Investing in Precious Metals
Why do People Invest in Precious Metals?
There are so many ways to invest your hard-earned money, and so many banks or brokers offering regular returns on your initial investment. In a world that is dominated by a desire to accumulate more, where new technologies and practices are revered, it could be easy to succumb to the idea that gold is a barbarous relic with little value as an investment. Bank and hedge fund managers will argue that the most sensible way to invest is in stocks and bonds that can offer a regular income. However, this precious metal continues to defy such logic, attracting investment across the globe and remaining a valuable commodity despite the existence of more modern, higher yielding assets.
Gold is well known and loved by many for its ability to hold its value. As a metal that has fascinated civilisations worldwide throughout history for its rarity and its beauty, gold has always been an expensive, but relatively steady investment. Some relatively isolated periods aside, wild fluctuations in the price of gold are few and far between, making gold a sound investment for those looking to secure their wealth for the future.
Besides its obvious beauty and prestige, its main attraction is therefore the fact that it protects your investment portfolio from inflation. Its value remains high while other assets fluctuate, making it an especially popular investment amongst those who are looking to ensure the long term security of a part of their wealth. Furthermore, this also makes it a very popular investment in times of economic turbulence; when confidence in the banks and other investments is low, precious metals like gold, silver and platinum become attractive alternative assets due to their reputation as being a ‘safe havens’. Throughout time, precious metals have repeatedly demonstrated the ability to survive, during periods of deflation and other adverse circumstances. When recession and enormous debt engulf the economy, demand for safe-haven assets increases massively, which in turn affects the price.
The period between 2008 and 2011 provides an excellent example of the properties that give precious metals their reputation as ‘safe haven’ assets. When the world was facing economic crisis and a sense of fear took over, the gold price experienced an enormous increase, soaring from around £450 per ounce to over £1,100 per ounce. Although the price has since come back down somewhat since its 2011 peak, it is still trading at almost £900 an ounce at the time of writing, around twice as much as it was before the recent global economic crisis. Since the 1970s, the price of the precious metal has increased by around 5,000%. Silver has followed a similar pattern over time increasing by almost four times during the global recession and has increased almost 1500% since the 1970s. Not only does this show their ability to remain valuable commodities, but also how the value of money is prone to change while precious metals retain their intrinsic value.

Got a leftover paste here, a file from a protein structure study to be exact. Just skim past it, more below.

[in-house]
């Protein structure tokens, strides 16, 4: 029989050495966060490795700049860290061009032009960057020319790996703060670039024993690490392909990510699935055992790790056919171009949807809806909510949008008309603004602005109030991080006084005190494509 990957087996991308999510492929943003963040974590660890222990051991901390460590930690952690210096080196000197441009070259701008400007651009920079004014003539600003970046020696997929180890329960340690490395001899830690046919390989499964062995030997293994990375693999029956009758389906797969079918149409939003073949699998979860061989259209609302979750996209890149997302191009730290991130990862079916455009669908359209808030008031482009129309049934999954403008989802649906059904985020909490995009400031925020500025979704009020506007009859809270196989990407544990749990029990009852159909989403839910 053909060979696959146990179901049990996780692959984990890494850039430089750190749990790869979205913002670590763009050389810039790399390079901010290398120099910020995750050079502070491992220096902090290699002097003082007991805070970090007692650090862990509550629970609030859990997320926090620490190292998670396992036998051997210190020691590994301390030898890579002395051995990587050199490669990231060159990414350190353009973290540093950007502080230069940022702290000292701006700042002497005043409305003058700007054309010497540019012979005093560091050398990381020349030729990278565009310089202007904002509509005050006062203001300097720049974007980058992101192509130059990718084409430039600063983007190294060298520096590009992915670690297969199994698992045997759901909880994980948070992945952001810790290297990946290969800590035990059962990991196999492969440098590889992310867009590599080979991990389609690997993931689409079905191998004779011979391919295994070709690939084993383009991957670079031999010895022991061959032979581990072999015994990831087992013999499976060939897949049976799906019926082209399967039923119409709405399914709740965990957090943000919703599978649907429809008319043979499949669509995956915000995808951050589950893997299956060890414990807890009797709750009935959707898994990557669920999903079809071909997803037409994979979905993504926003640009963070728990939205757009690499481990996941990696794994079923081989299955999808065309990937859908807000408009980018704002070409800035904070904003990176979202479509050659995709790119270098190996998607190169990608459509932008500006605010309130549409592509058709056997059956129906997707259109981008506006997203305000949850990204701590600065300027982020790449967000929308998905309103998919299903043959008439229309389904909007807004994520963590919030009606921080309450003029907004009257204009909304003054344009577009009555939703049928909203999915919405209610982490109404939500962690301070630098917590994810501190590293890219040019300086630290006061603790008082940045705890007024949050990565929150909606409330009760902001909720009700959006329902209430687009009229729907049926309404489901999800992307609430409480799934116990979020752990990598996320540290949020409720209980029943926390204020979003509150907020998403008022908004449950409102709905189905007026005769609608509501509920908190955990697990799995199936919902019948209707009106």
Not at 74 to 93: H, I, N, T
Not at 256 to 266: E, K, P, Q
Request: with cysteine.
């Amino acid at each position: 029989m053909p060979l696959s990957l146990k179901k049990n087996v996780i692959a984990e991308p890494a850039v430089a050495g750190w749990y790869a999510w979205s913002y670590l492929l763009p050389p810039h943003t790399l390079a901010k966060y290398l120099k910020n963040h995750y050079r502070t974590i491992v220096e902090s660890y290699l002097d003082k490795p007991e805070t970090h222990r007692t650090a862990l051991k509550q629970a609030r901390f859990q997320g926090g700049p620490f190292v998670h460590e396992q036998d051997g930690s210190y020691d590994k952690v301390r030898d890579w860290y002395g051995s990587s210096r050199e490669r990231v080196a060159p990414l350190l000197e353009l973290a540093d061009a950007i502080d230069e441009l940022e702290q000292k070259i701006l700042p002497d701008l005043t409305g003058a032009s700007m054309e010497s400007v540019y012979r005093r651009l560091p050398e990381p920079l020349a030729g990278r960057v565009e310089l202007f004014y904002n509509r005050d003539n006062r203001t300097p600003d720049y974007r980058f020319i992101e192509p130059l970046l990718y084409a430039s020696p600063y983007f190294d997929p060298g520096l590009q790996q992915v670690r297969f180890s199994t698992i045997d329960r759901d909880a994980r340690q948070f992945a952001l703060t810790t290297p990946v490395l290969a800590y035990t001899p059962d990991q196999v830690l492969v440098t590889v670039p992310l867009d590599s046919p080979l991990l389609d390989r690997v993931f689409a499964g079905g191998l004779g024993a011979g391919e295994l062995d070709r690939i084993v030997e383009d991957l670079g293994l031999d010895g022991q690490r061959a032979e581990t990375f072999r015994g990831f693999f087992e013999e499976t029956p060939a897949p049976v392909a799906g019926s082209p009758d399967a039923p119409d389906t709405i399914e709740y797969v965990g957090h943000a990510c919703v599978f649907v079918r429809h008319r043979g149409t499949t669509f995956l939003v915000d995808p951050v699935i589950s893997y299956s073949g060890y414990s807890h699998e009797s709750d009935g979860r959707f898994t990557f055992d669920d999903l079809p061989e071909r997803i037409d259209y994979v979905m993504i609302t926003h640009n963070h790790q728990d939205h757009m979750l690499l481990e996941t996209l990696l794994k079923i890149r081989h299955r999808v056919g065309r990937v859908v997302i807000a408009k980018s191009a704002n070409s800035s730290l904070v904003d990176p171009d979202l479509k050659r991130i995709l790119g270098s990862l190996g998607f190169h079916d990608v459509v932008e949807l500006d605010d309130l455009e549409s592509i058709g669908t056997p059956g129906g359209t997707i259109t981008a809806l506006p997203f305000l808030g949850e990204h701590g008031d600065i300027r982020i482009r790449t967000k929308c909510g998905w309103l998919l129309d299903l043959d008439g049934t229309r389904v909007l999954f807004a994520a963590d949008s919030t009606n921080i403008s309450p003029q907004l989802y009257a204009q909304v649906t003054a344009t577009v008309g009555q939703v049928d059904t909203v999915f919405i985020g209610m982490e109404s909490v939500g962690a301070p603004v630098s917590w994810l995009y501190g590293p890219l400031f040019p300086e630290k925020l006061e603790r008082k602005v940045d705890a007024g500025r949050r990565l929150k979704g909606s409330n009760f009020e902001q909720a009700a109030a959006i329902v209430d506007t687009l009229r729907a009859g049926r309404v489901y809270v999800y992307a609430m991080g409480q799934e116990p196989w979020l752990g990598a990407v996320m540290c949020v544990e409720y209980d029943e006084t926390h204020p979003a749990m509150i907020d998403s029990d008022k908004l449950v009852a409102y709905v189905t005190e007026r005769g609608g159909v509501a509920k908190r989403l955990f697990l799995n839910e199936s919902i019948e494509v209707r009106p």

Nowadays there are several ways in which you can invest in precious metals. For centuries investors have been buying physical gold, silver and platinum, but there are in fact other methods such as ETFs. They both have their pros and cons, but we believe that buying physical bullion is a much safer way of investing in precious metals, especially if your main reason to purchase gold is for its usefulness as a secure, long term investment. Buying ‘allocated’ physical gold allows you the privilege of owning and possessing a specific amount of gold. Having this gold delivered to your house leaves your investment in your hands, meaning that you are able to rest assured that the safety of your money is not dependent on a bank or businesses’ performance or stability, thus fulfilling the precise reason you may have chosen to invest in a physical commodity with an intrinsic value, rather than put your money into a bank or invest in shares or other similar assets.
This intrinsic value makes precious metals an excellent long term investment. The fact that they have generally become more expensive throughout time reinforces their value as a reliable and secure store of wealth. While paper currencies continuously lose value as more cash is printed all the time, gold, silver, and platinum remain rare. It is possible to argue that precious metals are still the ultimate representation of wealth, despite the international use of unbacked paper currencies, and it is no coincidence that many banks and governments across the world still aim to hold a significant percentage of their reserves in the form of gold bullion.